3. The trial court was correct in finding that defendant's person was not "seized" at the initial encounter when the DEA agents questioned the defendant on the concourse. United States v. Mendenhall, 446 U. S. 544 (II-A) (100 SC 1870, 64 LE2d 497). " Terry v. Ohio, 392 U. S. 1 (1968), establishes that a reasonable investigative stop does not offend the Fourth Amendment. The reasonableness of a stop turns on the facts and circumstances of each case." Id. at 561. Use of the DEA-developed "drug courier profile" provides suffiCient articulable and reasonable suspicion to authorize a "Terry-type" stop. Id. at 562-563. "Among the circumstances that can give rise to reasonable suspicion are the agent's knowledge of the methods used in recent criminal activity and the characteristics of persons engaged in such illegal practices. Law enforcement officers may rely on the 'characteristics of the area,' and the behavior of a suspect who appears to be evading police contact. United States v. Brignoni-Ponce, 422 U. S. at 884-885. 'In all situations the officer is entitled to assess the facts in light of his experience.' " Id. at 563. The intrusion was modest. The encounter took place in the public concourse of the airport. The agents wore no uniforms and displayed no weapons. They did not summon the defendant to their presence but approached him and properly identified themselves as federal agents. They requested and did not demand to see defendant's ticket and identification and reason for this trip to Florida. "Such conduct, without more, did not amount to an intrusion upon any constitutionally protected interest." United States v. Mendenhall, 446 U. S. 544 at 555, supra. Accord: State v. Reid, 247 Ga. 445
, 449 (276 SE2d 617
), U. S. cert. den. Hence, where the subsequent acquisition of the knowledge of possession of either heroin or cocaine by the defendant was discovered by detection and identification of the "distinctive odor" of hydrochloric acid by Agent Chapman during this legal "Terry-type" stop, it may properly be considered as being acquired in a spot where he was authorized to be and the defendant was lawfully being questioned concerning the reasonable suspicion raised by use of the "drug courier profile." From the totality of the circumstances and facts then known to Agent Chapman, he had probable cause to believe the defendant was then committing a criminal offense in his presence and was authorized to make an arrest and conduct a search without a warrant. See State v. Misuraca, 157 Ga. App. 361 (276 SE2d 679)
; McShan v. State, 155 Ga. App. 518 (271 SE2d 659)
. Accordingly, we find no merit in defendant's allegations of error regarding his arrest and search at the Atlanta airport.
4. It is alleged that the trial court improperly restricted cross-examination of the arresting DEA agent. Counsel asked Agent Chapman if he had heard of two cases called United States v. Robinson, in the Northern District of Georgia. The State's objection was sustained. Counsel did not perfect the record by any showing of relevance. He did state that "Agent Chapman must testify today in a fashion that would produce a conviction because he has been held to be engaged in unlawful activity that he may not assert a good faith immunity defense and that he himself can be, if damages are proven, will be held liable to Alphonso Sylvester Robinson . . . ." (See Division 5, post.) Following the ruling sustaining the objection counsel proceeded with examination of the witness. "'In order to be in a position to complain of the abridgement of the right of cross-examination, a party to a legal proceeding or his counsel must either ask the questions he desires to ask or state to the court what questions he desires to ask and then interpose timely objection to the ruling of the court denying the right to propound the questions.' Cross v. State, 136 Ga. App. 400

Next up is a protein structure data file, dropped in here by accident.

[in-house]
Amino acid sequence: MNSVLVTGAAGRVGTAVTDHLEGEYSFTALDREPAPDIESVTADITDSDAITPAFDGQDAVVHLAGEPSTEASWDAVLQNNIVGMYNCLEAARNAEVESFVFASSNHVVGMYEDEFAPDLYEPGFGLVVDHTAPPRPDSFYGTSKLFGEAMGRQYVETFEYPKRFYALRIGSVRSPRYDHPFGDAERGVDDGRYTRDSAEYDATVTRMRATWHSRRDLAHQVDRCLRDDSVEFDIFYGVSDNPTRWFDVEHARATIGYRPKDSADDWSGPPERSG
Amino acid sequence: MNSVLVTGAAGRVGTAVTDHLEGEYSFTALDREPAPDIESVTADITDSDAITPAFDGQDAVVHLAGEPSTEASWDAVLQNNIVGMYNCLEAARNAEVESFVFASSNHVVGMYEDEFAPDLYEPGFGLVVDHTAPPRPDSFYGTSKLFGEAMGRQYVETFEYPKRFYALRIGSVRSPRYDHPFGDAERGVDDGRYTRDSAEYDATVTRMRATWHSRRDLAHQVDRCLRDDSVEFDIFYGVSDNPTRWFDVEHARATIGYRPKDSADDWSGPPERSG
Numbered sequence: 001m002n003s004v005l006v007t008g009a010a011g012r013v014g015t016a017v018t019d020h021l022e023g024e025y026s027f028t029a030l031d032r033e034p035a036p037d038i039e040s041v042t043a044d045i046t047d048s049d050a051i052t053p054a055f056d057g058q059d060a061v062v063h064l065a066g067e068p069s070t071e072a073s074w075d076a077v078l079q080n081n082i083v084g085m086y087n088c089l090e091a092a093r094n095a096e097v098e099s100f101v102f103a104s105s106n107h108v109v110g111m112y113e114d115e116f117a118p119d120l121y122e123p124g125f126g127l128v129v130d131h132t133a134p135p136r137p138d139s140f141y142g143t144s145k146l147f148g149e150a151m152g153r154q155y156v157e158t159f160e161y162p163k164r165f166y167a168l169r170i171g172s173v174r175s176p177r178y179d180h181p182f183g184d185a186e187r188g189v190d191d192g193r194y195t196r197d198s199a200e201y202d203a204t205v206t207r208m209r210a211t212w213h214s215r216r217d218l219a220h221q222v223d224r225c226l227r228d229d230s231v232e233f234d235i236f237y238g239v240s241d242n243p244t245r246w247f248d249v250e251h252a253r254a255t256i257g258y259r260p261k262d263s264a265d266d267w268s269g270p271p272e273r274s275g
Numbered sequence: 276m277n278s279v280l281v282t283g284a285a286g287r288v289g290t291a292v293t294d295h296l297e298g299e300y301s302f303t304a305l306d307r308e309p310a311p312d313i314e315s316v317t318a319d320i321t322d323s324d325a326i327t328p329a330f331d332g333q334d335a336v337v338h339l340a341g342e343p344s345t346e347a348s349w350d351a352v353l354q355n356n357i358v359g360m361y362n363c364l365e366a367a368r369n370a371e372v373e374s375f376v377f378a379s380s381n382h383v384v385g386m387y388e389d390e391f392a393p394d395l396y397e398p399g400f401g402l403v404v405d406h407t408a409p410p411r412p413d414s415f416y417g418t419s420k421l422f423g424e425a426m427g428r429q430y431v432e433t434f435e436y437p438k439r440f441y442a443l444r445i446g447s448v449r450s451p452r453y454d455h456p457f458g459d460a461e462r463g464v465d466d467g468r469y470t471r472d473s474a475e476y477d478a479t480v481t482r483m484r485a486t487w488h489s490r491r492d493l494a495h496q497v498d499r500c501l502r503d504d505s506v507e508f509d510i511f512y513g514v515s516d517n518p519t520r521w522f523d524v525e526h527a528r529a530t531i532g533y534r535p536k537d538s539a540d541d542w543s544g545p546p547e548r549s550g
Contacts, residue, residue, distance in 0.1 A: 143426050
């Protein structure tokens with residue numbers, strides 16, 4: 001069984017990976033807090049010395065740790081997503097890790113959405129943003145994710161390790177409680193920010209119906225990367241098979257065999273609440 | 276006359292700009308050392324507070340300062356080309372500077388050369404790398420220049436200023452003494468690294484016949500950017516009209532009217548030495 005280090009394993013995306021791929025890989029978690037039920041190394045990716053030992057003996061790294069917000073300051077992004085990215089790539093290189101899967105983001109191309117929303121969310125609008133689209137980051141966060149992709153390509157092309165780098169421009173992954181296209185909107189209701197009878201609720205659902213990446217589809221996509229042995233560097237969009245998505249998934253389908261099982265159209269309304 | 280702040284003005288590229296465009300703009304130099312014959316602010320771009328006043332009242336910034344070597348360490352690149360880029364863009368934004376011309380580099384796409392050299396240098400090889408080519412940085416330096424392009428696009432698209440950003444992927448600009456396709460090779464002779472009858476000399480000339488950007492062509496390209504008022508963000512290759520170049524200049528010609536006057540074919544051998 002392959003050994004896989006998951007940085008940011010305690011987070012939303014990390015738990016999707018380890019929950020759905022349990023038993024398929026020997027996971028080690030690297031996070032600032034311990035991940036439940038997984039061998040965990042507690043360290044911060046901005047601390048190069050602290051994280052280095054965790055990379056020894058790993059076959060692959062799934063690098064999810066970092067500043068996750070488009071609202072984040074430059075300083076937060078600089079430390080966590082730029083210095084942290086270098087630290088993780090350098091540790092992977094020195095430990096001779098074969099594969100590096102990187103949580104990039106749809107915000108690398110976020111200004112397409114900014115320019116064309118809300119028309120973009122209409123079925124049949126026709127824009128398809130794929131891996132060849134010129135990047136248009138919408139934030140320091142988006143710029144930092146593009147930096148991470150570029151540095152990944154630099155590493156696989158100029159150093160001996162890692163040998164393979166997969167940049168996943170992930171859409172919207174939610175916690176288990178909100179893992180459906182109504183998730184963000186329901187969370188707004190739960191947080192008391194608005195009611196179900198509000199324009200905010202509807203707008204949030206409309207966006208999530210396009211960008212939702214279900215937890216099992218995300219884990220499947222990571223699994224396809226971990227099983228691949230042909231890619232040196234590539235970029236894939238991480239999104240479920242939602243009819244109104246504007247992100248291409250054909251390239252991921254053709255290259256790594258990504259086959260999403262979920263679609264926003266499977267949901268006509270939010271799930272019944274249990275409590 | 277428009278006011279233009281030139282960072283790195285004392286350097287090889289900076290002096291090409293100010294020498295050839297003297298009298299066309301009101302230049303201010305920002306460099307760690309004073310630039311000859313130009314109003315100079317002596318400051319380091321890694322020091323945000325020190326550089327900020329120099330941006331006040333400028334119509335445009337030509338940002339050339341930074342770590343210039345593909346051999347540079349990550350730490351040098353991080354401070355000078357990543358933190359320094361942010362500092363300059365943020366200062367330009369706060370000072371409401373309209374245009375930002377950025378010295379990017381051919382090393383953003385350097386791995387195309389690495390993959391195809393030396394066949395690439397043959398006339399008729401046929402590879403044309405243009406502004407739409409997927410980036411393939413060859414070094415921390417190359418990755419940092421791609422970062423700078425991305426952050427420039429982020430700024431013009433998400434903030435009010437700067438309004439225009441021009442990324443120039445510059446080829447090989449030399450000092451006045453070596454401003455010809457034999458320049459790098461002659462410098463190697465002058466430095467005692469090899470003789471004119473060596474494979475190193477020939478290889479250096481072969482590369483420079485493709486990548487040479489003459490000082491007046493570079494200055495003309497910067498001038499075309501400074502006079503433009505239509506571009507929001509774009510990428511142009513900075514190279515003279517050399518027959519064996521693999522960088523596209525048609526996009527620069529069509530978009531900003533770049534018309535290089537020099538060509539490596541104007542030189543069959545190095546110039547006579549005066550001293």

, 409 (221 SE2d 615
); Accord: Waters v. State, 80 Ga. App. 104 (3) (55 SE2d 677)
; Harmon v. State, 133 Ga. App. 720 (2) (213 SE2d 23)
. Counsel in the instant case did neither act required of him. As the scope of cross-examination rests largely within the sound discretion of the judge, we find no merit in this enumeration. Franklin v. State, 136 Ga. App. 47
, 50 (220 SE2d 60
5. Defendant's last enumerated error contends the trial court erred in denying his motion for new trial upon newly discovered evidence "bearing upon the credibility of agent Chapman and his activities while on duty at the Atlanta International Hartsfield Airport." The "newly discovered evidence" consisted of an excerpt from a report made by DEA agents on an arrest subsequent to the incident involving the present defendant. In that report, Agent Chapman is reported to have opened a traveler's suitcase and found cocaine therein after the traveler refused to consent to a search. We also note in the same report that Exhibits 2, 3, and 4 -- were packages of cocaine seized from the defendant's luggage "pursuant to a search warrant."
See Stone v. Powell, 428 U. S. 465, 482 (96 SC 3037, 49 LE2d 1067). The Fifth Circuit's creation was apparently fashioned from the "good faith and probable cause" exception from tort liability for a police officer's act in arresting a suspect without a warrant "in good faith" -- where the arrestee was subsequently found innocent. See Pierson v. Ray, 386 U. S. 547 (2) (87 SC 1213, 18 LE2d 288); Restatement, Second, Torts 204, 121; 1 Harper & James, The Law of Torts 275, 277-278, 3.18.
Assuming, without deciding, that the "good faith" exception to the exclusionary rule would apply to cases arising within Georgia, since the newly discovered evidence relates only to cases other than the present case, it would affect only the Credibility of the witness Chapman. Our Supreme Court has set forth six criteria as the basis for new trial on the ground of newly discovered evidence. The sixth criterion is: "'"[T]hat a new trial will not be granted if the only effect of the evidence will be to impeach the credit of a witness." ' " Fleming v. State, 236 Ga. 434
, 442 (224 SE2d 15
). Hence, the defendant's evidence would not be a recognized basis for a new trial.
Robert E. Keller, District Attorney, Steven Lister, William L. McKinnon, Jr., Assistant District Attorneys, for appellee.